Last week my cellphone was stolen. This is my second (perhaps third) Sony Ericsson which has been “liberated” from my possession. It happened at Bible study at church: trustingly I left my bag unattended to socialise with some of my friends before the Bible study started. But then some unknown characters came in. They sat in a corner (where my bag was) and spoke with some people, but left before we started the actual Bible study. Being who we are, we are not in the habit of being suspicious or mistrusting of new faces. Unfortunately, so vigilance on my part would have been handy.
At first I thought I had left it at home and then at the office, but after retracing my steps, I came up empty-handed. But it was only a few days later (after I had blacklisted the cellphone and done a SIM swap) that I knew for certain that my phone had indeed been stolen: my airtime (~R200) had been drained.
The whole debacle cost me nearly R700 as I had to have my old phone fixed (I shall gnaw through my wrists with my molars if I have to go back to an old model Nokia). The K550i hasn’t had a happy life: I was thrown into a pool while I had it in my pocket and after that repair I accidentally drove over it with my car (yes, yes, yes, I know, I’m a very special human being, but I do know someone else who has done the same thing, so I am not alone in my specialness). But I am being forced to refuse to let it die on me: I have gotten accustomed to Sony Ericsson phones and they have generally been good to me.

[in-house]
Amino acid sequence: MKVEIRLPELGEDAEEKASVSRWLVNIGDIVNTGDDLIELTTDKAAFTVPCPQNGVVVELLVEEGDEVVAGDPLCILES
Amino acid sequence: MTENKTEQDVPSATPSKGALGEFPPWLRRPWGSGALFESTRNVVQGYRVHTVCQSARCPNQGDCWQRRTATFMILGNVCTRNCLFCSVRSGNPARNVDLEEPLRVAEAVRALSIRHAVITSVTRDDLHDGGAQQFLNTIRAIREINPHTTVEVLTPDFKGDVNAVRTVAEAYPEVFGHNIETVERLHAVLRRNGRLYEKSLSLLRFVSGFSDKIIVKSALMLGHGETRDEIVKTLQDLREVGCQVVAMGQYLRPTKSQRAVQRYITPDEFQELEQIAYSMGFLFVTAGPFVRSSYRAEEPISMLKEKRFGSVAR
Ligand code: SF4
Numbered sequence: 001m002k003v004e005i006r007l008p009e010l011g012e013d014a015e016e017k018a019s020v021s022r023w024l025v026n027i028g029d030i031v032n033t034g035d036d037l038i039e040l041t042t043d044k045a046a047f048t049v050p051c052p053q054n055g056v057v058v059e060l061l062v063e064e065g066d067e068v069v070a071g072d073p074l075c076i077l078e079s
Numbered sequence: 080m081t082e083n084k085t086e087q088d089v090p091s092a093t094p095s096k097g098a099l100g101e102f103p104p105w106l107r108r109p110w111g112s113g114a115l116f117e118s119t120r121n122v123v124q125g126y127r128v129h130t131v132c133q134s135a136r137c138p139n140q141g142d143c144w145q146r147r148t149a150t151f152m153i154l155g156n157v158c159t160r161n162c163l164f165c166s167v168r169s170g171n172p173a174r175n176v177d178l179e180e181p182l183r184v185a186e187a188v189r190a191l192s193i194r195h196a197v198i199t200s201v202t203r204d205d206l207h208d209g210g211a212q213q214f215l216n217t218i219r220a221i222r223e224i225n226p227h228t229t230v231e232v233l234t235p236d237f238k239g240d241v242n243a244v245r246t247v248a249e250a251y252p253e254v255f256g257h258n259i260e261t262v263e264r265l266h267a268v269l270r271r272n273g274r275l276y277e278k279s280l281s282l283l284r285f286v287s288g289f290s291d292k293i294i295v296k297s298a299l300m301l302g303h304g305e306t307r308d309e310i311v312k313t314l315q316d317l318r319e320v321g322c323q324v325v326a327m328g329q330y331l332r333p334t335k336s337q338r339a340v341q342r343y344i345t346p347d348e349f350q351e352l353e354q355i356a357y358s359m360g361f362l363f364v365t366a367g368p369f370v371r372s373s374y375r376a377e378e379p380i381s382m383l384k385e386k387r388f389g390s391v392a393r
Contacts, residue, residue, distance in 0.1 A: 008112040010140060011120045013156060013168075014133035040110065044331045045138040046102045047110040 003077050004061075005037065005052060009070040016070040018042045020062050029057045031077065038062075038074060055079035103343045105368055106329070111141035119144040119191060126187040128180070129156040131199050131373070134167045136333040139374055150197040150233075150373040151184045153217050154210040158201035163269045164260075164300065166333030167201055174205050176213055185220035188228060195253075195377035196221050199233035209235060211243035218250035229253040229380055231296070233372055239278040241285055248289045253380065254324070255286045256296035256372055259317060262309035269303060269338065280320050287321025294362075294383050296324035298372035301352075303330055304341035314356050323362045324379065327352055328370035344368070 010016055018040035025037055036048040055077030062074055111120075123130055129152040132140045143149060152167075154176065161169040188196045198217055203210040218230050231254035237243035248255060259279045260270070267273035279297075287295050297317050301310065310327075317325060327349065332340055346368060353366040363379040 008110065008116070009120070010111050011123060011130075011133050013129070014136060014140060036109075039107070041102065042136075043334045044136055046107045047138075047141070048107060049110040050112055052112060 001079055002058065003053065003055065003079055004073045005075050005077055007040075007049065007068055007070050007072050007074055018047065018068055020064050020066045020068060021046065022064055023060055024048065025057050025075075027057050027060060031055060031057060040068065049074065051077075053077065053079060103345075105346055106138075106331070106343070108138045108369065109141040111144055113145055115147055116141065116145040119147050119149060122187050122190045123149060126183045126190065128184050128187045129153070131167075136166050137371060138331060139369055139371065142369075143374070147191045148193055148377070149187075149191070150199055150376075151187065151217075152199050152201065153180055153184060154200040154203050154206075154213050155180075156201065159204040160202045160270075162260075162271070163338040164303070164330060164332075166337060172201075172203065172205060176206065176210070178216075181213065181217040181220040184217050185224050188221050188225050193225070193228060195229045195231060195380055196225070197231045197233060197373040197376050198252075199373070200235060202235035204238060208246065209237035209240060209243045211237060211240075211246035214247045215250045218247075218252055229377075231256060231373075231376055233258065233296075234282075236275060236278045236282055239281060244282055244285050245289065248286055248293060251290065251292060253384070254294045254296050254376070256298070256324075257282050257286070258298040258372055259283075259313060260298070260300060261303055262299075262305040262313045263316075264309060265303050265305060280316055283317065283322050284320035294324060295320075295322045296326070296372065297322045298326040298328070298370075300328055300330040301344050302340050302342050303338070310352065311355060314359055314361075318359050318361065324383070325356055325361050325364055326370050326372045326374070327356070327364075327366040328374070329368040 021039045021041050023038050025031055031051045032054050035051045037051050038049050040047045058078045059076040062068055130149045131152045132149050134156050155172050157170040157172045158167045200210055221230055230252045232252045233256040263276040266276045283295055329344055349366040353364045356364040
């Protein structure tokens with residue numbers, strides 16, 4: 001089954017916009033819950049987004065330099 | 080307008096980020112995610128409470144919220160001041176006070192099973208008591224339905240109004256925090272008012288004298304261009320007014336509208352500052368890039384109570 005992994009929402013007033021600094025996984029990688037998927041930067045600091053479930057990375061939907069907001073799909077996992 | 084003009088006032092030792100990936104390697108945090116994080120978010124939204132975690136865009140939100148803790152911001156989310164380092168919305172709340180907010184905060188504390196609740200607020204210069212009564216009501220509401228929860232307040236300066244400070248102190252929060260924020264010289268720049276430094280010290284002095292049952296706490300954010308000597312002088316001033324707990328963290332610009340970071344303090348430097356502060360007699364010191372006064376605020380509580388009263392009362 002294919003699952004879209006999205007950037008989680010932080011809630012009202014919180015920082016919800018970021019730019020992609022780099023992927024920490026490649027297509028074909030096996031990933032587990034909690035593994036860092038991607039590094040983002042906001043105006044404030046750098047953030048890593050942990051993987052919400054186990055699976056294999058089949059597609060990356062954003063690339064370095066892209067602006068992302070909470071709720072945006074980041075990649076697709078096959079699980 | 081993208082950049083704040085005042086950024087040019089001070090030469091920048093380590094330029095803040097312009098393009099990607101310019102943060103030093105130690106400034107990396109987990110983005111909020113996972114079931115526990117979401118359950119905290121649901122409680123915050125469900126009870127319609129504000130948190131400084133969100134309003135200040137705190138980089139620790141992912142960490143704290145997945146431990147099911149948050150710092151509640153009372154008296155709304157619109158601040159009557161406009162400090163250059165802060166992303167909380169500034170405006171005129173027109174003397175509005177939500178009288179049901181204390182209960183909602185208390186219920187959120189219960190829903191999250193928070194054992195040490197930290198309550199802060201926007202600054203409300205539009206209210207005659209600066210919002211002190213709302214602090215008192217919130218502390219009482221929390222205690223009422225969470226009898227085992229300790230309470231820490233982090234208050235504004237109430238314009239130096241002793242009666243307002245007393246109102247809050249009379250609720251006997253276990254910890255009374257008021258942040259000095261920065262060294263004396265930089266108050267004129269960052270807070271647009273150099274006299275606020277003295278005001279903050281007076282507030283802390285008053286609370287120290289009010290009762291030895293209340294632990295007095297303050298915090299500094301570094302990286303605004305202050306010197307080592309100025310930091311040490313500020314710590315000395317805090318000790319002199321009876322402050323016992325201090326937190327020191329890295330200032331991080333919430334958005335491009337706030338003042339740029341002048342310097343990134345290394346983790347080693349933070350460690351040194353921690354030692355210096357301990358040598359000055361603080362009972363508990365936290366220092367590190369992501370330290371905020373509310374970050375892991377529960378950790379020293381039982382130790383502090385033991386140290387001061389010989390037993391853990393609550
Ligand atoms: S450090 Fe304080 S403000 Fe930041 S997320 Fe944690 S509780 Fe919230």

I hate to sound materialistic: it has been more than a week, bit I am still bummed about the whole thing. I only had that phone for 6 months on a 2 year contract and it was a good phone (C702): sturdy build, GPS, nice screen, Cybershot… sure, it wasn’t a smart phone, but I liked it all the same. On the up side, at least the K550i is fast (I am convinced that it has the same processor as the C702, but the latter has more software and therefore performed a bit sluggish). Also, my 4GB Micro SD card was in the phone.
But perhaps more than losing the physical phone is the feeling of being violated which I have: I had the details of family members and friends on there, my Facebook, Twitter and GMail accounts could be accessed from the phone, I had SMSs from the bank on there about transactions which I made, and I had some pictures a tiny bit of information. I think this is how a woman must feel who has her handbag stolen. Thankfully my wallet wasn’t stolen. As a result of this violation, I am strongly considering a new policy for myself: no more personal data, other than names and numbers, on my phone: if you don’t have your birthday listed on Facebook, I am not going to know when it is. The important data will be privately hosted on a cloud server in an encrypted file. It would also be good to get in the habit of periodically deleting all my SMSs: there are better, more private, places to store them than on a phone.
Moral of the story: never let one single thing (a cellphone, a website or something else) become an “extension” of yourself in the sense that you put your entire private life on there. One day you’ll wake up and suddenly it isn’t so private anymore.